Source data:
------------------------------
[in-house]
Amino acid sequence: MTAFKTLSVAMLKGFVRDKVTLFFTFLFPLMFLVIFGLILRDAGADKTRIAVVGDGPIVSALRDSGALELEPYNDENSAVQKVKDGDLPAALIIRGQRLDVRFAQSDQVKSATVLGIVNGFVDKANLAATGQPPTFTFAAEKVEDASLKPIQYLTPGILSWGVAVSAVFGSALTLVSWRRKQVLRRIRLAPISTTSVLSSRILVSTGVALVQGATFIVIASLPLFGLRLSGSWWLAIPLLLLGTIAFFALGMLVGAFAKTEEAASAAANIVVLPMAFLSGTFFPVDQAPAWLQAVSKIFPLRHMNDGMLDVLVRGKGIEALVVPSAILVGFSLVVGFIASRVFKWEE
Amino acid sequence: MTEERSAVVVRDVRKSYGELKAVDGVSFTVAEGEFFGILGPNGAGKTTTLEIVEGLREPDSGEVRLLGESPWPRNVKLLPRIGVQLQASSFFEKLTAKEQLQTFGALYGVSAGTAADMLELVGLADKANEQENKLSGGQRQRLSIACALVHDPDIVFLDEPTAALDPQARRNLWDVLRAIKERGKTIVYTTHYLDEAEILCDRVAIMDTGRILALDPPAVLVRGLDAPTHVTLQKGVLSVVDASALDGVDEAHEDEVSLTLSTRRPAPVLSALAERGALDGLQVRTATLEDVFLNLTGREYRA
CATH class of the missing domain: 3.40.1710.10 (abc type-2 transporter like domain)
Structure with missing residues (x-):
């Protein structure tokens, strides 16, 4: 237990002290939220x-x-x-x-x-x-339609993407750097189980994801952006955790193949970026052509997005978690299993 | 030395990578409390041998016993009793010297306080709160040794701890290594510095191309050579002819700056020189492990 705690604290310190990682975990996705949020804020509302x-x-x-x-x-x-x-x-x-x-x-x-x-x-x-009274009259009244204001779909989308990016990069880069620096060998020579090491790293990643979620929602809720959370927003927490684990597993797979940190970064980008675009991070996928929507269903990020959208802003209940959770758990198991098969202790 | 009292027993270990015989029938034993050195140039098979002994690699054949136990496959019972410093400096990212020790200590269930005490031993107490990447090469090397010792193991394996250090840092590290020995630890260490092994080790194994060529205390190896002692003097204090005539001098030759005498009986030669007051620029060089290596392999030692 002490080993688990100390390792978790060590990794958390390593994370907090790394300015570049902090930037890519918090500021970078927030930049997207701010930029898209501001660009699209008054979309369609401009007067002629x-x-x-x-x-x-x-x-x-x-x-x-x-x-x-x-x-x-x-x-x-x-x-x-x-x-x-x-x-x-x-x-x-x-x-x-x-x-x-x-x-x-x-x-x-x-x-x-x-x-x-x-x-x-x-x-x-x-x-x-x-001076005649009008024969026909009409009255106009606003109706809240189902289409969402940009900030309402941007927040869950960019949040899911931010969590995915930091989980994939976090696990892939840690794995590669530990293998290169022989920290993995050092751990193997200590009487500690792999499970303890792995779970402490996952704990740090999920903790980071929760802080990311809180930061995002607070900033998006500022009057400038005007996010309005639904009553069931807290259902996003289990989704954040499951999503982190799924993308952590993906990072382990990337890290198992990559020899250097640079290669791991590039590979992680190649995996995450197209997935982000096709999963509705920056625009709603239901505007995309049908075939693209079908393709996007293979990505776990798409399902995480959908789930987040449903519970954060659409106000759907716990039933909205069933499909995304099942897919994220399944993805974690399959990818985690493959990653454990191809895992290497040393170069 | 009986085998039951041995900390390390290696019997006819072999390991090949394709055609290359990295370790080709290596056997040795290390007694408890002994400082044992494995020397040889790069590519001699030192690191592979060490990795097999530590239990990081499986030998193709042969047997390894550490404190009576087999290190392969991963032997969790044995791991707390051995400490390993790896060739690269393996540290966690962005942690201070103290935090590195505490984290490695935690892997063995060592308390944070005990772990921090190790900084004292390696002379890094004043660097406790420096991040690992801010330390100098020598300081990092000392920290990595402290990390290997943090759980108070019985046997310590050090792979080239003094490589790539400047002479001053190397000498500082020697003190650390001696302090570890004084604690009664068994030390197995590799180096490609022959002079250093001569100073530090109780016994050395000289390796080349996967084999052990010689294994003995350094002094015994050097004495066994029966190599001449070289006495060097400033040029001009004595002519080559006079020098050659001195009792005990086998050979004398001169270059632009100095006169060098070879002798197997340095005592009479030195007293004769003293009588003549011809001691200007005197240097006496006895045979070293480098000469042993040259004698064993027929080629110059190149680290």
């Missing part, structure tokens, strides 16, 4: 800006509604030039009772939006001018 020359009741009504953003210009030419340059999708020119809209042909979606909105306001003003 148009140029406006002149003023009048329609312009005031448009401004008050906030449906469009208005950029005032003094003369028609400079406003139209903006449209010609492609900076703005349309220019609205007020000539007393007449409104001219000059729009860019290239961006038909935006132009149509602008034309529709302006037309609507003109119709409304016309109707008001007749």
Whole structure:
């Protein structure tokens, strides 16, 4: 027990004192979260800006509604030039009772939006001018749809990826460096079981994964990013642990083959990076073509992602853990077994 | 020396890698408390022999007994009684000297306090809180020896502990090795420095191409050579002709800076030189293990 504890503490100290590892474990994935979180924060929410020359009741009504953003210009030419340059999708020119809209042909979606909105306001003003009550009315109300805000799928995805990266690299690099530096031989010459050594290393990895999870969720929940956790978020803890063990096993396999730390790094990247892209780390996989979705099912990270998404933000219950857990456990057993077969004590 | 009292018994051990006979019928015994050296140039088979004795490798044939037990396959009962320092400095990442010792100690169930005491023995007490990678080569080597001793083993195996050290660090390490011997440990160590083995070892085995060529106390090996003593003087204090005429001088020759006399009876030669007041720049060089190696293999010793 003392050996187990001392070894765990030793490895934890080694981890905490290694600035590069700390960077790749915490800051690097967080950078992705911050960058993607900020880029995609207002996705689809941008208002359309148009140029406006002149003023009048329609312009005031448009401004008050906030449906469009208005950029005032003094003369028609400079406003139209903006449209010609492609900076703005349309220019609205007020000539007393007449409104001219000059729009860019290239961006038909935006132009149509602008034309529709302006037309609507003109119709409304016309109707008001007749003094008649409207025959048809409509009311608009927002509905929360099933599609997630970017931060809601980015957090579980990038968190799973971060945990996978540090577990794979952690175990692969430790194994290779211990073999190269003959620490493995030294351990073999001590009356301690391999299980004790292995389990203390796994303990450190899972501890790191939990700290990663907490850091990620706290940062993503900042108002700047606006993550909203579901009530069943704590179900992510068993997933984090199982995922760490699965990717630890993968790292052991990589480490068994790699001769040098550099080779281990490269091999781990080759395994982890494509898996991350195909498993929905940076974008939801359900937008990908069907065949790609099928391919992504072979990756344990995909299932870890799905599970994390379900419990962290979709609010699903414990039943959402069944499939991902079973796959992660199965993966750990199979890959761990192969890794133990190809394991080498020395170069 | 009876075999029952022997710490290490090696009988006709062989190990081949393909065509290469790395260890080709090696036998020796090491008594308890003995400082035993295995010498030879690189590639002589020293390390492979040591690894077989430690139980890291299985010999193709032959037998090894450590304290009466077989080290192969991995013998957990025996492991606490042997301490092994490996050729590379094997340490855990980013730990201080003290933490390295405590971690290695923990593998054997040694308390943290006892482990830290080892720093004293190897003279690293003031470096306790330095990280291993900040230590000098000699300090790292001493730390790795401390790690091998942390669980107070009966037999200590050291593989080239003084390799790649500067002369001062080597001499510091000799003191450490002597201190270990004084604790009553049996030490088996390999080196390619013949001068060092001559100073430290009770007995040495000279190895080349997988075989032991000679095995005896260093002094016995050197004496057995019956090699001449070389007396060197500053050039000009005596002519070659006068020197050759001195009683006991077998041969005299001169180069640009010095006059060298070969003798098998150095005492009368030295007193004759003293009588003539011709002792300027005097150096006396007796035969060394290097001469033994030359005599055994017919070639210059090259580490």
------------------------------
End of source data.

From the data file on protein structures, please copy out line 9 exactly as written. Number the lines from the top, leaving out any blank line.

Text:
């Protein structure tokens, strides 16, 4: 027990004192979260800006509604030039009772939006001018749809990826460096079981994964990013642990083959990076073509992602853990077994 | 020396890698408390022999007994009684000297306090809180020896502990090795420095191409050579002709800076030189293990 504890503490100290590892474990994935979180924060929410020359009741009504953003210009030419340059999708020119809209042909979606909105306001003003009550009315109300805000799928995805990266690299690099530096031989010459050594290393990895999870969720929940956790978020803890063990096993396999730390790094990247892209780390996989979705099912990270998404933000219950857990456990057993077969004590 | 009292018994051990006979019928015994050296140039088979004795490798044939037990396959009962320092400095990442010792100690169930005491023995007490990678080569080597001793083993195996050290660090390490011997440990160590083995070892085995060529106390090996003593003087204090005429001088020759006399009876030669007041720049060089190696293999010793 003392050996187990001392070894765990030793490895934890080694981890905490290694600035590069700390960077790749915490800051690097967080950078992705911050960058993607900020880029995609207002996705689809941008208002359309148009140029406006002149003023009048329609312009005031448009401004008050906030449906469009208005950029005032003094003369028609400079406003139209903006449209010609492609900076703005349309220019609205007020000539007393007449409104001219000059729009860019290239961006038909935006132009149509602008034309529709302006037309609507003109119709409304016309109707008001007749003094008649409207025959048809409509009311608009927002509905929360099933599609997630970017931060809601980015957090579980990038968190799973971060945990996978540090577990794979952690175990692969430790194994290779211990073999190269003959620490493995030294351990073999001590009356301690391999299980004790292995389990203390796994303990450190899972501890790191939990700290990663907490850091990620706290940062993503900042108002700047606006993550909203579901009530069943704590179900992510068993997933984090199982995922760490699965990717630890993968790292052991990589480490068994790699001769040098550099080779281990490269091999781990080759395994982890494509898996991350195909498993929905940076974008939801359900937008990908069907065949790609099928391919992504072979990756344990995909299932870890799905599970994390379900419990962290979709609010699903414990039943959402069944499939991902079973796959992660199965993966750990199979890959761990192969890794133990190809394991080498020395170069 | 009876075999029952022997710490290490090696009988006709062989190990081949393909065509290469790395260890080709090696036998020796090491008594308890003995400082035993295995010498030879690189590639002589020293390390492979040591690894077989430690139980890291299985010999193709032959037998090894450590304290009466077989080290192969991995013998957990025996492991606490042997301490092994490996050729590379094997340490855990980013730990201080003290933490390295405590971690290695923990593998054997040694308390943290006892482990830290080892720093004293190897003279690293003031470096306790330095990280291993900040230590000098000699300090790292001493730390790795401390790690091998942390669980107070009966037999200590050291593989080239003084390799790649500067002369001062080597001499510091000799003191450490002597201190270990004084604790009553049996030490088996390999080196390619013949001068060092001559100073430290009770007995040495000279190895080349997988075989032991000679095995005896260093002094016995050197004496057995019956090699001449070389007396060197500053050039000009005596002519070659006068020197050759001195009683006991077998041969005299001169180069640009010095006059060298070969003798098998150095005492009368030295007193004759003293009588003539011709002792300027005097150096006396007796035969060394290097001469033994030359005599055994017919070639210059090259580490």